The railway was opened just in time for the Club World Cup football tournament that kicks off Wednesday, with organisers hoping the metro will ease the burden on the wealthy Gulf emirate's choked roads.
The three lines link several stadia, residential areas, the airport and tourist zones.
"We were waiting for this," said airport handling agent Anshu, as she tested the new link between Doha's Hamad airport and the city.
"Almost everybody is taking public transport," she said of her colleagues at the airport, which had previously only been served by expensive taxis and infrequent buses.
A single journey in the metro's standard class, equipped with WiFi and USB charging points, costs two riyals ($0.55), while gold class, boasting plush armchairs and hardwood floors, costs 10 riyals ($2.75).
"For now, its mostly airport staff who are interested. But if people know about it, they will come," said metro assistant Regine.
Construction on the project began in 2013 and a 13 station preview service was launched in May this year.
The network was further tested during the Arabian Gulf Cup football tournament, which concluded on Sunday, with thousands of spectators enjoying free travel to and from stadia for that event.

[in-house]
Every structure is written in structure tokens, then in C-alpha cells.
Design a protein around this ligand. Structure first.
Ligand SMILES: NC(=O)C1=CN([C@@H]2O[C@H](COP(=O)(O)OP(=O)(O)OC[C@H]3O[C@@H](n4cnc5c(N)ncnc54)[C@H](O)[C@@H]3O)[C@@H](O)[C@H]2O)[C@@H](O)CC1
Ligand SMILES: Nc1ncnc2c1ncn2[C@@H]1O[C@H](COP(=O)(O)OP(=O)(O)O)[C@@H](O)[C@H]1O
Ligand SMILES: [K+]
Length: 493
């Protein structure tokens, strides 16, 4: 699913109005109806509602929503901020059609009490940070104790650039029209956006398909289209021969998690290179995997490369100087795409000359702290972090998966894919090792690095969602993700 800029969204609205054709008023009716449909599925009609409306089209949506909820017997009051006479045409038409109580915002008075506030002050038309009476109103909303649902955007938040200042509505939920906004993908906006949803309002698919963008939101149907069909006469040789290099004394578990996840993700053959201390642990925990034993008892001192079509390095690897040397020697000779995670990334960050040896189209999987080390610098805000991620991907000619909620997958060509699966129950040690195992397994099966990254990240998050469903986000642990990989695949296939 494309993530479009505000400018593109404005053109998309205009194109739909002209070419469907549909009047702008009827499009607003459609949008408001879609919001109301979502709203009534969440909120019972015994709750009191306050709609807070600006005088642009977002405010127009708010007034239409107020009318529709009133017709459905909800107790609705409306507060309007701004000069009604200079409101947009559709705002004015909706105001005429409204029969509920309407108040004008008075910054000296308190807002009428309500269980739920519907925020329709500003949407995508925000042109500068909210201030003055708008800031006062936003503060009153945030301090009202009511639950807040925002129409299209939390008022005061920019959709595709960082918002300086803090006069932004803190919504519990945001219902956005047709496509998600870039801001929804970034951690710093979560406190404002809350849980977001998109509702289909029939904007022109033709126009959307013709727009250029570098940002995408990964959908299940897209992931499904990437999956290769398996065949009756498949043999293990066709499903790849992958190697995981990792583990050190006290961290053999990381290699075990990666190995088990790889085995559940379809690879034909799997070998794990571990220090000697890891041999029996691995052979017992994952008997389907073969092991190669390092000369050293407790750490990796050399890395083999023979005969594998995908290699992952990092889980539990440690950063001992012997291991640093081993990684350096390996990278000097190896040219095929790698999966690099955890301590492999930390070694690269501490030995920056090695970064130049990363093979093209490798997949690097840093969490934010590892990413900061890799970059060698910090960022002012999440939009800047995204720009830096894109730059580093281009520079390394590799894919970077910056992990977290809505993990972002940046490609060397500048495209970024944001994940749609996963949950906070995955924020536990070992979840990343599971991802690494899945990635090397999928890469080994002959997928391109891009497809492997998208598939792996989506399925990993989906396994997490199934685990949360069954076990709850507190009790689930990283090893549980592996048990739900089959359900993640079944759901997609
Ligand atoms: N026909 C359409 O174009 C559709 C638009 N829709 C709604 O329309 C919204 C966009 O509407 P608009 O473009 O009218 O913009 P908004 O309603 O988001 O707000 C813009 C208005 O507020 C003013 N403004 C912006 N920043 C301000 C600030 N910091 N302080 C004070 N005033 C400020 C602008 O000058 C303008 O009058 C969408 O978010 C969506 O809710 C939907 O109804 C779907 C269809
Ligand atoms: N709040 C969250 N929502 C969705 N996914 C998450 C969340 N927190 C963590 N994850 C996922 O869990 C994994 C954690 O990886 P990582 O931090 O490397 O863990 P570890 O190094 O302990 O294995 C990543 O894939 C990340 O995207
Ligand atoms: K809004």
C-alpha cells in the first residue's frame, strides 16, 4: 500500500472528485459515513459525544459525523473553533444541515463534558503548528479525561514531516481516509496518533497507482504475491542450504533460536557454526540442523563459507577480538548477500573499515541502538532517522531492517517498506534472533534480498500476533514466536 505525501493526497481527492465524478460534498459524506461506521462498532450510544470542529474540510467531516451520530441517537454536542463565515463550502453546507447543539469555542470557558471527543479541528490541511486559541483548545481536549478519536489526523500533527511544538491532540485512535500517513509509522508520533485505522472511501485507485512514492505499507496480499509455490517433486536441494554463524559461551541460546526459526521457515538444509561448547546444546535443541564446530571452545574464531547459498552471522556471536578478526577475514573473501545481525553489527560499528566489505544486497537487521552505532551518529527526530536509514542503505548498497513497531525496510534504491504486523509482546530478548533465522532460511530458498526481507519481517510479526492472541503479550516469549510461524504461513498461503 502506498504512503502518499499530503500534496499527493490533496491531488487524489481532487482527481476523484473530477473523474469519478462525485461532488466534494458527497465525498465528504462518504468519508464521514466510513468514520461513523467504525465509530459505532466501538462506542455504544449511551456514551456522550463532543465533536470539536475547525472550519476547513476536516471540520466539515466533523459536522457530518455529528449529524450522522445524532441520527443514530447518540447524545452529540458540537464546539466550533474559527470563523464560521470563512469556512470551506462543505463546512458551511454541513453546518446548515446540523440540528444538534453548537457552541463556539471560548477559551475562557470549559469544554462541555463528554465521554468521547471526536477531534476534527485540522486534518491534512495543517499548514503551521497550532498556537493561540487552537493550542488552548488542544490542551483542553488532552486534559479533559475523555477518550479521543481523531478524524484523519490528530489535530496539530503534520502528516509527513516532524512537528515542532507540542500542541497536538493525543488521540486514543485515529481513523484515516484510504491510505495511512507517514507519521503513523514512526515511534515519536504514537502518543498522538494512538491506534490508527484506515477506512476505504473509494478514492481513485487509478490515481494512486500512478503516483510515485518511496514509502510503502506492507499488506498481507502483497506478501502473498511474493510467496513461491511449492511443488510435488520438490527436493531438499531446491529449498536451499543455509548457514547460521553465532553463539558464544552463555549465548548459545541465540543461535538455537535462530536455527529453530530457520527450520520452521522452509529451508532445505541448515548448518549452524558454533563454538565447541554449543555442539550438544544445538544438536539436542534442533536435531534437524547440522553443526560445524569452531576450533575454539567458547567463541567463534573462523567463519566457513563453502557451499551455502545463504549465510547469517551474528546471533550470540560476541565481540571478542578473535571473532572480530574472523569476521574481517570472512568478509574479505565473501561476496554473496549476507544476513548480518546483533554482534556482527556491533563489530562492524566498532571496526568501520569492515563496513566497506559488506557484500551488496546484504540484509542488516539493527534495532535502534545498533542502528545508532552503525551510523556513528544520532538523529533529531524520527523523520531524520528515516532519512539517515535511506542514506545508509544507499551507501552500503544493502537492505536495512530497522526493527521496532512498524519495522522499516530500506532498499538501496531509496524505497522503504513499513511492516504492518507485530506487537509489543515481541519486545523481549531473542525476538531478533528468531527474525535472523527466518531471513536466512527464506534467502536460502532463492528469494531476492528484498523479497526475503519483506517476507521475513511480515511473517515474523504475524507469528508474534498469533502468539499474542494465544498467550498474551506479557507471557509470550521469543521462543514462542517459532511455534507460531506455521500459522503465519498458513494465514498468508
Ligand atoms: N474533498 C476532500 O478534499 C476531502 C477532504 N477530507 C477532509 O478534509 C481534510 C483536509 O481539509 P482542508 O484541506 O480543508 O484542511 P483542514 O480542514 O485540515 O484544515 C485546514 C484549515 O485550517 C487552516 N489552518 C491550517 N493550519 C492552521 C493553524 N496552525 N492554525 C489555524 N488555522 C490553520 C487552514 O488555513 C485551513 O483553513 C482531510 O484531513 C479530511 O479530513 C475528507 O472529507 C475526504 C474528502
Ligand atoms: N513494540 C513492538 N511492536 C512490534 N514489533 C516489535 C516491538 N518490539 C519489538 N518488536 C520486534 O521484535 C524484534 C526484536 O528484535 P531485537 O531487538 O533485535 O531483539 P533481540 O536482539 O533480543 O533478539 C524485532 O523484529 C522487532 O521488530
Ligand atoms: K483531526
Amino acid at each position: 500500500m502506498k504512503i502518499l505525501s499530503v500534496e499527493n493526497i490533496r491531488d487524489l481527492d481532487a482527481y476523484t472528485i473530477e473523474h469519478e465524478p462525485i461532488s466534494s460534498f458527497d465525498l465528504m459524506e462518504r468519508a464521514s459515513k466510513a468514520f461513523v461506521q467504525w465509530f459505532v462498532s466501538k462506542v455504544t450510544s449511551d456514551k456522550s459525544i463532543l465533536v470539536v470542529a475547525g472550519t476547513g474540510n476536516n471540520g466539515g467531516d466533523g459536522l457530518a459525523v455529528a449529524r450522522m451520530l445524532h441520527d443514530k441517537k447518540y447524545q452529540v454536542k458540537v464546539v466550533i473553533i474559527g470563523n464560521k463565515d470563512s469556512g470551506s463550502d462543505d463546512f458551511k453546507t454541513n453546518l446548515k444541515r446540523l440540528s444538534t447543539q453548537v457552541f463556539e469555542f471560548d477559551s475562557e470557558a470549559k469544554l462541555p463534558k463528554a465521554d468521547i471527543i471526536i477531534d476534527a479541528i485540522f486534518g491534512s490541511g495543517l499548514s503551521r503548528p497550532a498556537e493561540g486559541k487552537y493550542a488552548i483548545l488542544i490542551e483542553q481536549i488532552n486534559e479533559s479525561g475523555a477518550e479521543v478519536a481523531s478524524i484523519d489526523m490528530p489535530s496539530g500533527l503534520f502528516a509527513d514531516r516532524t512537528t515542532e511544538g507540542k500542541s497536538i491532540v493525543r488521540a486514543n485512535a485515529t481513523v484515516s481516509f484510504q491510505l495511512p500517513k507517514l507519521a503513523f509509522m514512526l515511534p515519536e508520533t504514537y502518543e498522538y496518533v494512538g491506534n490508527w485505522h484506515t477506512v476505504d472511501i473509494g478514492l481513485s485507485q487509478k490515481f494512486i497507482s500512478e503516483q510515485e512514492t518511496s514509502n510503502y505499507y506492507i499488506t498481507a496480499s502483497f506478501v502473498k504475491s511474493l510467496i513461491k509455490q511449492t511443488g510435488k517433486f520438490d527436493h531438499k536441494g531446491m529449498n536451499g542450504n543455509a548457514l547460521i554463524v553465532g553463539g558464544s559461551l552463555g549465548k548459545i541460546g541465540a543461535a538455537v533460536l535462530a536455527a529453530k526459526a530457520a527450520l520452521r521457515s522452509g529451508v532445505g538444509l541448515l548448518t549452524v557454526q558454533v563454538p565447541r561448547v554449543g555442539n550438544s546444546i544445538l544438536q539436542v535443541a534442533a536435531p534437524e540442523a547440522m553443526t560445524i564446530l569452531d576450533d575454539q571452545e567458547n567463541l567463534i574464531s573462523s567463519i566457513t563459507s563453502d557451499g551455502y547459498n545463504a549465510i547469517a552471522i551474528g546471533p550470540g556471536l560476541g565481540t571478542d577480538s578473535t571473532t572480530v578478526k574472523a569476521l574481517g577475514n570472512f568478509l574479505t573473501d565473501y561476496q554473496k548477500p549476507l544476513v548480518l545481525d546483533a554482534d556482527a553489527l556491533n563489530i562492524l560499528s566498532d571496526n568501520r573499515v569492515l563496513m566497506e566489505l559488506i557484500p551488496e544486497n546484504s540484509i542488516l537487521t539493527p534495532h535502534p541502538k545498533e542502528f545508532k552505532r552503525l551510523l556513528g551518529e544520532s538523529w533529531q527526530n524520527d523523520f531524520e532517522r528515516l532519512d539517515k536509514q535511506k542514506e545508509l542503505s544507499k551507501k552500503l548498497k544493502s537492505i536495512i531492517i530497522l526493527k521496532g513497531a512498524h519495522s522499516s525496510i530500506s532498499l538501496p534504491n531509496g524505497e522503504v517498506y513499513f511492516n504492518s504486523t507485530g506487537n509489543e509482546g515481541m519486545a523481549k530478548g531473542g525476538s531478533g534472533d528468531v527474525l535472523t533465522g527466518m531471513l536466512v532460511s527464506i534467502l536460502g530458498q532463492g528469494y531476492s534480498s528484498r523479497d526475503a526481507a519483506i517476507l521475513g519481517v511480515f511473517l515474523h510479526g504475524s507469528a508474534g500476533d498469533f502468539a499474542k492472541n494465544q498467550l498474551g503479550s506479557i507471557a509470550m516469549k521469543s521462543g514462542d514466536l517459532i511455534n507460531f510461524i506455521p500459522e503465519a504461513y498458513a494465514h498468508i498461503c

More than 50 kilometres (30 miles) of tunnels were dug for the first phase of the ambitious project, which has seen 36 stations open to the public.
With high vaulted roofs inspired by traditional Bedouin tents, the stations "reflect the heritage of the country", according to Qatar Rail.
The second phase will see the opening of a new line, as well as the extension of the initial three routes, expanding the network to almost 100 stations by 2026.
In 2022, more than 1.5 million visitors are expected to travel to Qatar, which says its trains have a capacity of one million passengers.
"What is happening now in Qatar is like a movie in fast forward. It's probably a world record between the decision to create a metro system to its opening," chief executive of France's SNCF rail operator, Guillaume Pepy, told AFP.
SNCF runs the service through its majority-owned Keolis unit in a joint venture with a Qatari firm and RATP Dev.
Japan's Kinki Sharyo built the initial 75 three-car trains, split into standard, gold, and family class, and will supply 35 more.
The cost of the project has not been made public.
Qatar has previously said it spends $500 million a week on projects related to the World Cup.